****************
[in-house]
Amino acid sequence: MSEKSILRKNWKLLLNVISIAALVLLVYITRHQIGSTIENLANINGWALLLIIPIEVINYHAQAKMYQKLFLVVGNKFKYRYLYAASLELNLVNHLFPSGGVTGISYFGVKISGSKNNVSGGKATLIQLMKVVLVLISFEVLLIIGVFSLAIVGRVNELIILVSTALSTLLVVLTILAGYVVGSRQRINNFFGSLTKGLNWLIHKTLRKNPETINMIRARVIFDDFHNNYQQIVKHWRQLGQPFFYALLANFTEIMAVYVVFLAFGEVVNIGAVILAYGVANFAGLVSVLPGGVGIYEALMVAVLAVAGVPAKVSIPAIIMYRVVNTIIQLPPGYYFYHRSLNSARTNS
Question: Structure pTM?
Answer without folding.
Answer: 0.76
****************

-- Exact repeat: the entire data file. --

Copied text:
[in-house]
Amino acid sequence: MSEKSILRKNWKLLLNVISIAALVLLVYITRHQIGSTIENLANINGWALLLIIPIEVINYHAQAKMYQKLFLVVGNKFKYRYLYAASLELNLVNHLFPSGGVTGISYFGVKISGSKNNVSGGKATLIQLMKVVLVLISFEVLLIIGVFSLAIVGRVNELIILVSTALSTLLVVLTILAGYVVGSRQRINNFFGSLTKGLNWLIHKTLRKNPETINMIRARVIFDDFHNNYQQIVKHWRQLGQPFFYALLANFTEIMAVYVVFLAFGEVVNIGAVILAYGVANFAGLVSVLPGGVGIYEALMVAVLAVAGVPAKVSIPAIIMYRVVNTIIQLPPGYYFYHRSLNSARTNS
Question: Structure pTM?
Answer without folding.
Answer: 0.76